Development of a CyanogenMod 9 ROM (Android 4.0 Ice Cream Sandwich) for the Amazon Kindle Fire is also underway. I’m drooling already.
Amazon has started rolling out a new software update for their recently released $199 Android running tablet, the Kindle Fire. The shopping giant has not mentioned anything about the changes brought about by the new software update (v6.2).
The sad part is that the update breaks root. The worst part? You cannot stop the update from installing itself. The Kindle Fire will automatically update itself over Wi-Fi, even if the user does not want the update to happen.
The only good news? Even though users loose root access to the system partition of the tablet, they can gain it back easily by using a popular rooting utility – SuperOneClick – to root their tablet again. If Fire owners already have Android Market installed on their tablet, the Market might vanish after the update. Users will need to re-root their tablet, and then install the Android Market on the Fire again.
The zip file of the software update is available online, and some developers went through the files inside it, and according to them this software update is just aimed at fixing bugs.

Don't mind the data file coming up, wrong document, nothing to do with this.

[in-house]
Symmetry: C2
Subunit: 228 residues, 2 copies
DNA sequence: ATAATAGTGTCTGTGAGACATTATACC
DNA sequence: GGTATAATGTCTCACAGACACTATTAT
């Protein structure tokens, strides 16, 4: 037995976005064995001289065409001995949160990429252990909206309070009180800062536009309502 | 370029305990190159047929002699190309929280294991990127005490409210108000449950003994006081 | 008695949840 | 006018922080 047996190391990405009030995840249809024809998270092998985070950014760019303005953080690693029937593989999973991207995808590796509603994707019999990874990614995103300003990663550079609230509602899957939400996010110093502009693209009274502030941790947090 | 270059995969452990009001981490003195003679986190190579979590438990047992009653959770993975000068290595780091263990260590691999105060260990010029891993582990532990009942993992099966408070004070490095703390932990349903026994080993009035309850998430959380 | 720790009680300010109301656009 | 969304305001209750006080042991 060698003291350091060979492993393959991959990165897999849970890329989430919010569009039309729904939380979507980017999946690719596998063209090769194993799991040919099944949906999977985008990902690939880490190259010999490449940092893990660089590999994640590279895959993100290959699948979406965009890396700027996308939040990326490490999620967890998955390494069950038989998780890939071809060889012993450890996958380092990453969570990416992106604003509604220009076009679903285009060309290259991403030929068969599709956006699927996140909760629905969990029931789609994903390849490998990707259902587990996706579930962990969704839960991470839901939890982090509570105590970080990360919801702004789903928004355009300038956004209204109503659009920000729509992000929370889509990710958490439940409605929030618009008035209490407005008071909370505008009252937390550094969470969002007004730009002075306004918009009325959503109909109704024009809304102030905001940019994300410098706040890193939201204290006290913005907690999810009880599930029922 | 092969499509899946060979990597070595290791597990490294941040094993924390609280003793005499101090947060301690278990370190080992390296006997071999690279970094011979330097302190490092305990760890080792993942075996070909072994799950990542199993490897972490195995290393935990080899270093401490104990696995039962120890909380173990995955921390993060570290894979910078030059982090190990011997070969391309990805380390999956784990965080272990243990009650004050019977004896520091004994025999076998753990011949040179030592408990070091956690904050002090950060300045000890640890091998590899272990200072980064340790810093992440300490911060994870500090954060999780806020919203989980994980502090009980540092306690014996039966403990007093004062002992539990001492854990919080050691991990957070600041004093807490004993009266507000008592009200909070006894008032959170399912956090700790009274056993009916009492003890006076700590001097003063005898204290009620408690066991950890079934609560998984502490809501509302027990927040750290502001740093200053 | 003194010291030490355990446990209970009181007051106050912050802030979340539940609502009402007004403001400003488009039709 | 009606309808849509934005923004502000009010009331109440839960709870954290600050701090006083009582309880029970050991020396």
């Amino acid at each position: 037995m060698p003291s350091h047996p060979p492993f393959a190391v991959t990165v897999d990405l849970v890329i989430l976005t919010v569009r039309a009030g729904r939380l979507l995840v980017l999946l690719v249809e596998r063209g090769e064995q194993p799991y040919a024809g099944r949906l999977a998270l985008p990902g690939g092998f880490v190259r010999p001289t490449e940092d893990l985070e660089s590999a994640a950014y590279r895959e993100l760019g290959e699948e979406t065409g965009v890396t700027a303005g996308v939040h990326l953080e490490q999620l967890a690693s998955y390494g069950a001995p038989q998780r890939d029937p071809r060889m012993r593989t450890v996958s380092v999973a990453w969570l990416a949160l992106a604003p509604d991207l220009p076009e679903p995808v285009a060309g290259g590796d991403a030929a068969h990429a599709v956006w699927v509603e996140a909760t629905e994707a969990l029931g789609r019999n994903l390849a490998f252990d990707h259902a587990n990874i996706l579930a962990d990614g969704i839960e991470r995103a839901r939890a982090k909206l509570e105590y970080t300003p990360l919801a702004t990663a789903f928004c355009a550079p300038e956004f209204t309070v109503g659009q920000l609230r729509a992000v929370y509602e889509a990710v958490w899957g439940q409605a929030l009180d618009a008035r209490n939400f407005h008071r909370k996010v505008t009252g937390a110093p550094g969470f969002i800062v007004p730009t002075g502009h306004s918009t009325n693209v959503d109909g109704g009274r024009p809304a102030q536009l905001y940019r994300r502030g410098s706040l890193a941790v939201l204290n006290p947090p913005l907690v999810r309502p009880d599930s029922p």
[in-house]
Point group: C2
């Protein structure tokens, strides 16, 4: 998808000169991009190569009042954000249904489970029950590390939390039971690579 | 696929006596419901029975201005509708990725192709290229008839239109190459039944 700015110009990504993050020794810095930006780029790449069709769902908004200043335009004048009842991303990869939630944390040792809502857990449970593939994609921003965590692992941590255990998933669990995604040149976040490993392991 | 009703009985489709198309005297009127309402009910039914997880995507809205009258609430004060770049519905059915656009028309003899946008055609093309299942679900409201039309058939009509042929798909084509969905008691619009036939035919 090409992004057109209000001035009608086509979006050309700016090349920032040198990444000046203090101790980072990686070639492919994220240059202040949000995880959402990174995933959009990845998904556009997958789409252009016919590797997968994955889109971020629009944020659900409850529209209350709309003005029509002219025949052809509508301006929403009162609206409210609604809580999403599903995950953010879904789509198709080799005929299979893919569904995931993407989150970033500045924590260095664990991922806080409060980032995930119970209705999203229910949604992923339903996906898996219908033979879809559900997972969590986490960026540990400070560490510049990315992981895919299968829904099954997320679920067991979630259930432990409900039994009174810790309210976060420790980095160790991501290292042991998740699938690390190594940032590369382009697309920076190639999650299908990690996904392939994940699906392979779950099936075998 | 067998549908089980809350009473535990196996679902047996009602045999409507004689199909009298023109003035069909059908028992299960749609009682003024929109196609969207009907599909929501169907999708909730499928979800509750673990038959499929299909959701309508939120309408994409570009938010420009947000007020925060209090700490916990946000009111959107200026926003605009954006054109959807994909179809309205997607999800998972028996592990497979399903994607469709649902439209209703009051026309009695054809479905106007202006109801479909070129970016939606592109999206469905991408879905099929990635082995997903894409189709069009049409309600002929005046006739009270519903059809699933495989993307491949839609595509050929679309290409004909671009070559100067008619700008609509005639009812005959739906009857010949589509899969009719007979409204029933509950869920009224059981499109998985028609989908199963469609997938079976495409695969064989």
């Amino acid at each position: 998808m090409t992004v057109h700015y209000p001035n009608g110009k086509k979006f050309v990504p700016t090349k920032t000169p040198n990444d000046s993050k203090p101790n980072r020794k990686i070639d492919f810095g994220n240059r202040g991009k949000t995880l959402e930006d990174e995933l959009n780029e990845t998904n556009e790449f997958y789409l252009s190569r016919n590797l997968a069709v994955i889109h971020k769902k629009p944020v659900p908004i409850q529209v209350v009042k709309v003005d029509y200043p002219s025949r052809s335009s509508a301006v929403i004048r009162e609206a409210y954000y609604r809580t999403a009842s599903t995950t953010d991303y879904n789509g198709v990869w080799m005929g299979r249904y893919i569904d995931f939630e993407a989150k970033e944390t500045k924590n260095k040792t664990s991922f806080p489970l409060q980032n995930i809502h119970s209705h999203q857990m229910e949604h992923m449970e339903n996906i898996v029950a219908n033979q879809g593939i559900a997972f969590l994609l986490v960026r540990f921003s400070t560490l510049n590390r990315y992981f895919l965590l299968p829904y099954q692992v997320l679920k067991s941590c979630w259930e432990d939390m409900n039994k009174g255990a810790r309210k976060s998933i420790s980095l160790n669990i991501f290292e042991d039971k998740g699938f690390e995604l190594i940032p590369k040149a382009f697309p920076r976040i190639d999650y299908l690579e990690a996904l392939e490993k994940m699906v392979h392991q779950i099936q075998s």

Amazon recently launched the Kindle Fire, and by all measures, it has been a huge hit. It’s priced at just under $200, making it one of the cheapest tablets around. It is expected to sell nearly 4-5 million units in Q4 2011.
It may not be as good as the iPad, but it offers plenty of value to budget consumers who want a cheap tablet to read ebooks, watch videos, browse the web and maybe play with a few apps.
According to a report by Digitimes, Amazon is already working on the Kindle Fire 2. Rumors suggest that Amazon is developing 8.9 inch and 10.1 inch Kindle Fire models, and will be launching the 8.9 inch model first.
We don’t have any details about the exact specifications of either model, but they will presumably have slightly better specifications than the Kindle Fire, and Amazon will probably try to iron out all the bugs and issues with the first Kindle Fire before launching them.
Foxconn will also be manufacturing the future versions of the device, along with Quanta, the exclusive ODM for the Kindle Fire.
Maybe Apple should rethink its plans and create a cheaper iPad Mini, if it hasn’t already. With the operational expertise of Tim Cook and their hefty margins, it’s probably the only company that can bring a better device at a price of around $300. But then, they aren’t as willing as Amazon to sacrifice their margins. And they don’t need to.